14. ihartgonzo

    ihartgonzo and Fozzie B!

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    Oh... you have a Husky!!! That's actually what I envisioned when I read your posts. LOL! ;)

    How old is Rolyx? Husies are such a pain when they're puppies/adolescents. Vigorous, exhausting exercise is your FRIEND. I recommend tiring him out almost to the point that he can barely stay awake before your CGC class. Practice heeling and commands in your house and yard constantly before introducing any distractions or stimulus. When working with primitive breeds, it's important to realize that they are meant to be independent, thinking dogs. They think for themselves. They are survivors. They want to RUN and be free! Take him to fenced, off-leash parks as much as possible to let him run & run & indulge in his desire to explore. Then take him out on leash for a good training session, and make yourself a source of SUPER HIGH VALUE food (hotdogs, chicken and string cheese are favorites) and play rewards (Huskies usually prefer tug games to fetch). Apply NILIF consistently to teach him that he has to listen to you & work with you to get what he wants. The key with Huskies and similar breeds is convincing them that what you want them to do is super rewarding and super fun, and desensitizing them to stimulus is also very important, so he doesn't feel like other dogs and people are way more fun than focusing on you. Fozzie is part Husky and seriously the smartest, most eager to please & perform dog that I've ever known... he also has a rock solid temperament! Huskies are great dogs when you set them up with a great foundation in manners and obedience, but they're one of the most difficult breeds to train. Not because they aren't smart, because you have to work your butt off to motivate them to work for you!
     
  15. Applebear

    Applebear New Member

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    Rolyx is a chow/husky mix, and he is approx 1.5 years old, maybe a tad younger. He was a shelter baby, born and raised there. He didn't even have a collar on, let alone leash trained. But you are right, very smart regardless...but not without problems right off the bat, he had a nasty case of separation anxiety [which is TONS better now-about 95% improvement]. Most other things, he learned super fast, but yes motivation is so hard whenever there is stimulus. I use hotdogs which he loves until he hits into that mode. I don't think one person would believe I work with him...in reality without stimulus, he can sit, down, stay, heel and allow me to walk around him in a down/sit to his side. I can see why you said desensitizing him is important, but I am not sure how to do that quite yet, especially when the world seems to be it. I also noticed [esp after last night] he seems to have some sort of fear aggression towards larger dogs [around his size and up] which has me concerned. I take him to a friends large fenced in yard, and oddly enough...running is not his priority. He will run if his corgi buddy is game to play chase, but after a few minutes, he tends to fizzle out and want to stay in one spot or slowly patrol the yard. His priority seems to be to watch for things and investigate if he sees something...he doesn't miss a thing.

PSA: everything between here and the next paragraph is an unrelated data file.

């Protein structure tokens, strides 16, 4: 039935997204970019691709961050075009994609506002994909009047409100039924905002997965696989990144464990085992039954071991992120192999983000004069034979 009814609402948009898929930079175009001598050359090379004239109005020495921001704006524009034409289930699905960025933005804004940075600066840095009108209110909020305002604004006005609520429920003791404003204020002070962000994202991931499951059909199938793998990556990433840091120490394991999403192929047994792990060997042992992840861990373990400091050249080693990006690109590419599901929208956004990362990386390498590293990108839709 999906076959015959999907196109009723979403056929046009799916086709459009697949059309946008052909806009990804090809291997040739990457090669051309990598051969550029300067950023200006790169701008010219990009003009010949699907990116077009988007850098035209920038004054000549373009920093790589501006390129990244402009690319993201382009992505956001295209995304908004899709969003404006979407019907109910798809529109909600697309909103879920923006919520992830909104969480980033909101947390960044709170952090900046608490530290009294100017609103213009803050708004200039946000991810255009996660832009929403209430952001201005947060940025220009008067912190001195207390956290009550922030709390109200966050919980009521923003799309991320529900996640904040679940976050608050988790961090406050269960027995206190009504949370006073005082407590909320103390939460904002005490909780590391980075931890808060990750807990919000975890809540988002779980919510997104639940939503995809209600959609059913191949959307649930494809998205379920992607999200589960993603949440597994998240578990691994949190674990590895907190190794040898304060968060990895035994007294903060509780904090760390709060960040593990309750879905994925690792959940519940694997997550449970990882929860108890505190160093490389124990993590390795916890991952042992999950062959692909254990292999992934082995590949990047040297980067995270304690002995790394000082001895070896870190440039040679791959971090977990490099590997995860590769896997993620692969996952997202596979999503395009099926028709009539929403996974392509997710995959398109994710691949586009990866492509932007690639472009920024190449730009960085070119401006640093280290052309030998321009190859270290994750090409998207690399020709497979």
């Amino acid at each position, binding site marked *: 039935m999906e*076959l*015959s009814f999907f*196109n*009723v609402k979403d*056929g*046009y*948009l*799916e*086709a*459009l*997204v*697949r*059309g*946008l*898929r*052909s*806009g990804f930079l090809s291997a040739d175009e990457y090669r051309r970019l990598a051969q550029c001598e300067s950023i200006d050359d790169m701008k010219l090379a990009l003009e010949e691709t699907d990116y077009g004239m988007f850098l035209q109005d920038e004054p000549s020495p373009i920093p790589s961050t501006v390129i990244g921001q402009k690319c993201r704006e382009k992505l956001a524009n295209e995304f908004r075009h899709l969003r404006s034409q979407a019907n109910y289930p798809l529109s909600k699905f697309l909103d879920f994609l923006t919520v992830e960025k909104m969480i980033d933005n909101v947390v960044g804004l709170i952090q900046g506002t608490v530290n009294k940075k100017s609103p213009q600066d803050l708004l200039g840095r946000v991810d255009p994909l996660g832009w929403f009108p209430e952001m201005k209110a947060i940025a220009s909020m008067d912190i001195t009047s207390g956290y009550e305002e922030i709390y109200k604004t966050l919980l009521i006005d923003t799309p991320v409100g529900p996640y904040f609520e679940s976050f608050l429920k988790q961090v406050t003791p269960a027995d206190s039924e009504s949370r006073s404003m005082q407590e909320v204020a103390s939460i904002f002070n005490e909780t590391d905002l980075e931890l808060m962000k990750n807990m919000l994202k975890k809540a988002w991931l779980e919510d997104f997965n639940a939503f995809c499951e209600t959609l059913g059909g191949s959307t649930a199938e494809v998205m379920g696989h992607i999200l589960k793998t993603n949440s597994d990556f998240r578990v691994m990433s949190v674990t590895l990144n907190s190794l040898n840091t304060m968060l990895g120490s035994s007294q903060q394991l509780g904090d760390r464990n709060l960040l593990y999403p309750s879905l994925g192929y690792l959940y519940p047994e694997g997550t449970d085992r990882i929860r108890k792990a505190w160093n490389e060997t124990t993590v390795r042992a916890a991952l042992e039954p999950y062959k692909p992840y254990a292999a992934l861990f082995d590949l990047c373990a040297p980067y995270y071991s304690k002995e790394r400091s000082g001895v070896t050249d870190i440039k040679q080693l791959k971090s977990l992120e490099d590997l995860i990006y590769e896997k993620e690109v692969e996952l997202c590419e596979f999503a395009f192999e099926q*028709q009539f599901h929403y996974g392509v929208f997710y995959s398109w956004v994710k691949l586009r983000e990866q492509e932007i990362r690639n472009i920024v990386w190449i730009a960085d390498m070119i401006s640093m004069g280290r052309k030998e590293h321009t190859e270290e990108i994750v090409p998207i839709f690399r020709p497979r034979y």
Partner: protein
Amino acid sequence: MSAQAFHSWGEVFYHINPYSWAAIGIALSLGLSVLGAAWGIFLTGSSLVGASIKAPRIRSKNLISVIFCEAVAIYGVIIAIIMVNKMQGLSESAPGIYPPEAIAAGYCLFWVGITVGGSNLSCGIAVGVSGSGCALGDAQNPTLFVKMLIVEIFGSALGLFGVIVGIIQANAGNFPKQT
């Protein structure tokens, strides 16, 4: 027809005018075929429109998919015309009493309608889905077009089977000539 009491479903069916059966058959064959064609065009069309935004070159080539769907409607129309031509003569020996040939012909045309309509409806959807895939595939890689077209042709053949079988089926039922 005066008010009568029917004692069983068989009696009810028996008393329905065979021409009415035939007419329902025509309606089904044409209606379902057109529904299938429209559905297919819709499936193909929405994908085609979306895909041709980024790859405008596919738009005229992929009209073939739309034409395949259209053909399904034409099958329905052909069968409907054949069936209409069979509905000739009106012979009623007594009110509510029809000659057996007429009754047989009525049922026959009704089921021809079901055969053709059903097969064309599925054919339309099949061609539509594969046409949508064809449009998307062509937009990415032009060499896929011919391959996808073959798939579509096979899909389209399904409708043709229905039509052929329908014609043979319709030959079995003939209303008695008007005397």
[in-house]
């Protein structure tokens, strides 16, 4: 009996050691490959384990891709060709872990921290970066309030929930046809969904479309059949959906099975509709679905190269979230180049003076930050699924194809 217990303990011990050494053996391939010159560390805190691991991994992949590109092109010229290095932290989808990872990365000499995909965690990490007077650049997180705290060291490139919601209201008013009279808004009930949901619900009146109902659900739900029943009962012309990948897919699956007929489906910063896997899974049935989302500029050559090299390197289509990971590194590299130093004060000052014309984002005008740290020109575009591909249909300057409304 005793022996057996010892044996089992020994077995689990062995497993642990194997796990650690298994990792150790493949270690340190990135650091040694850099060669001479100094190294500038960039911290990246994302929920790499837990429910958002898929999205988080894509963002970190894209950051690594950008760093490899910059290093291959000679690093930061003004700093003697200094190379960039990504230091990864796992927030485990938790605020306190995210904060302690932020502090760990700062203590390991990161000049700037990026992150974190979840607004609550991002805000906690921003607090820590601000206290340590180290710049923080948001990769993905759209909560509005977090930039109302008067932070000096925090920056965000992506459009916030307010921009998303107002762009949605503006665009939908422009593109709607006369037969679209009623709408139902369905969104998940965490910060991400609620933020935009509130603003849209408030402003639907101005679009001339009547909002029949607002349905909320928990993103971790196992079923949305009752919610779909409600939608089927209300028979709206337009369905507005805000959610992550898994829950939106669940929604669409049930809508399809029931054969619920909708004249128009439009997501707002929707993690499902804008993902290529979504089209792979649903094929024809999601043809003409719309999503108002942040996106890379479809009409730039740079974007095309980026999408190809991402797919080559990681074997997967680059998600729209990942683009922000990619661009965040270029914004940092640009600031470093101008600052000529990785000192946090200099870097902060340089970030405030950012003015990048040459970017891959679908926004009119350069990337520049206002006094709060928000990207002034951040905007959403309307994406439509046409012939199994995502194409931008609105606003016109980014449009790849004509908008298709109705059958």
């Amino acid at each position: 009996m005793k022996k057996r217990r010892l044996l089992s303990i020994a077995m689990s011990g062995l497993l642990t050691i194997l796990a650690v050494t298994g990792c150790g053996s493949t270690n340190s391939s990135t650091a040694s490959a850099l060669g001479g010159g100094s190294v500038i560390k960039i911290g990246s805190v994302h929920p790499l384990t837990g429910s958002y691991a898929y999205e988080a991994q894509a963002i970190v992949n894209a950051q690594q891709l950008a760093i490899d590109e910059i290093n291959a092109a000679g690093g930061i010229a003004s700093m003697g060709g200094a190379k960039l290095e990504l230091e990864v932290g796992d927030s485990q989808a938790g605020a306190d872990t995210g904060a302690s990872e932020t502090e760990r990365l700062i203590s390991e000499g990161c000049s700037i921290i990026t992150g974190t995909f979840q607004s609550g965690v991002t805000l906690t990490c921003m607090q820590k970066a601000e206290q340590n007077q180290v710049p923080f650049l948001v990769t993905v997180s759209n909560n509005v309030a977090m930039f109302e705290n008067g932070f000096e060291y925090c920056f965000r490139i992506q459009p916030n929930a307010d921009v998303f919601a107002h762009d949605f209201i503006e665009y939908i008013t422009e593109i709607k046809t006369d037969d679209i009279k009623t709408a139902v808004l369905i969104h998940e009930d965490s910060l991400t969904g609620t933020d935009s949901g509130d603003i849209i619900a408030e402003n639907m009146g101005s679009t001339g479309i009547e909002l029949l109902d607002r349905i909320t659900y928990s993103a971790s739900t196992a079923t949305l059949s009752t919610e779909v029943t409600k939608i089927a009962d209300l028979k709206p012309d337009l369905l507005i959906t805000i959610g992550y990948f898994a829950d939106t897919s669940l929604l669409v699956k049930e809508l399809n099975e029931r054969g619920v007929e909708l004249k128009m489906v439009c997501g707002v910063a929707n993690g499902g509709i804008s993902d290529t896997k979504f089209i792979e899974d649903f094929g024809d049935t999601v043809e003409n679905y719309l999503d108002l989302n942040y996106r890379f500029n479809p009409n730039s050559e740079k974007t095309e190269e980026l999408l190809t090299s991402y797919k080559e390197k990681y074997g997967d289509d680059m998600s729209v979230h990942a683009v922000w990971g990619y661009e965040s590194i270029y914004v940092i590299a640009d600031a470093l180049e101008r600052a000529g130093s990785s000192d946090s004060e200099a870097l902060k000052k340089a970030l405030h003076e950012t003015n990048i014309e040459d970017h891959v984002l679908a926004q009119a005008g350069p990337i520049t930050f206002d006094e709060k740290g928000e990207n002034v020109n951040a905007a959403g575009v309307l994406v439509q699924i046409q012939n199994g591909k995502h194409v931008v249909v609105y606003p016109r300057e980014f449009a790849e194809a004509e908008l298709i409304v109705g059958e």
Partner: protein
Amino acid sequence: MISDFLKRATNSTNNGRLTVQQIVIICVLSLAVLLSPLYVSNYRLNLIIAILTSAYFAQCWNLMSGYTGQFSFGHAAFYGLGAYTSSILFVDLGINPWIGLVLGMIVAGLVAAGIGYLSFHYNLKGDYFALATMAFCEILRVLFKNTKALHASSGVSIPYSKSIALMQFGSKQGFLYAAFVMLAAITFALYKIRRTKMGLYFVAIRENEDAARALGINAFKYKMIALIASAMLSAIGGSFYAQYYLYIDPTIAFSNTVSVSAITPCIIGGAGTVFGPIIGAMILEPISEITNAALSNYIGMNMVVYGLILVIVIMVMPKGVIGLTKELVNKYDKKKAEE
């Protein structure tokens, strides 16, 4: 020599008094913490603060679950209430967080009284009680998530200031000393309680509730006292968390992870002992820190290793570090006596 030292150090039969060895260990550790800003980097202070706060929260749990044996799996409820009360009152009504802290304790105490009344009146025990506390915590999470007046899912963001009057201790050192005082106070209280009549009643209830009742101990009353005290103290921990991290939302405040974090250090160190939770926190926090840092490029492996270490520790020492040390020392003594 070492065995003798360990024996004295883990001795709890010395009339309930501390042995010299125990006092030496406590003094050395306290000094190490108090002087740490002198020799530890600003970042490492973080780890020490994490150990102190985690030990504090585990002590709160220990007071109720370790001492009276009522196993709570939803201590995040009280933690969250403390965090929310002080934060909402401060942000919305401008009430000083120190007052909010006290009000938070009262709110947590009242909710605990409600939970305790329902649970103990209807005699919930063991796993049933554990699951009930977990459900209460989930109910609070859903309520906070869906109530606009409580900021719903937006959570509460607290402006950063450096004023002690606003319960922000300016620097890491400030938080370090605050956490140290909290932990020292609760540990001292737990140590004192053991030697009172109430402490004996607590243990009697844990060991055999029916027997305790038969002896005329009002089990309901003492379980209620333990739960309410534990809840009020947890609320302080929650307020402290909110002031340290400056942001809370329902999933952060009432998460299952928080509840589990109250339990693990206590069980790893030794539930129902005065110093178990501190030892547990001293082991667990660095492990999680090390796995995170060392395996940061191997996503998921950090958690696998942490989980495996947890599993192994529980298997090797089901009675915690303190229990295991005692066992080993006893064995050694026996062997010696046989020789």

I went to the cgc class and I'm honestly drained...I feel like crying, as stupid as that sounds. Soon as he saw the other dogs...he went into his mode. They allowed me to stay in the back somewhat and he'd calm down, then catch sight of a dog and start yowling again. I didn't want to reinforce the yowling so I tried not to respond to it too much, but I didn't know if I should at least say NO. I honestly felt like taking him out of the building, which my instincts seemed to be close on the right thing there. One of the trainers helped me at end, told me to take him away when he gets like that and praise him when he settles, then try to come back. Rinse, repeat. She also gave some valid points, the time to work on this problem is now and I am definitely leaning to take the class. I just worry about disrupting the class too much, having to go out more than stay in and miss out on learning the training methods I am there for too...but those are my hangups, not Ros [he has NO problem with it lol]. :)

    [​IMG]
    Ro waiting for ok to take meat. Now if I could get him this intense in the field, we'd both be set. ;)
    [​IMG]
    Waiting for ok to eat...dinner time is serious business.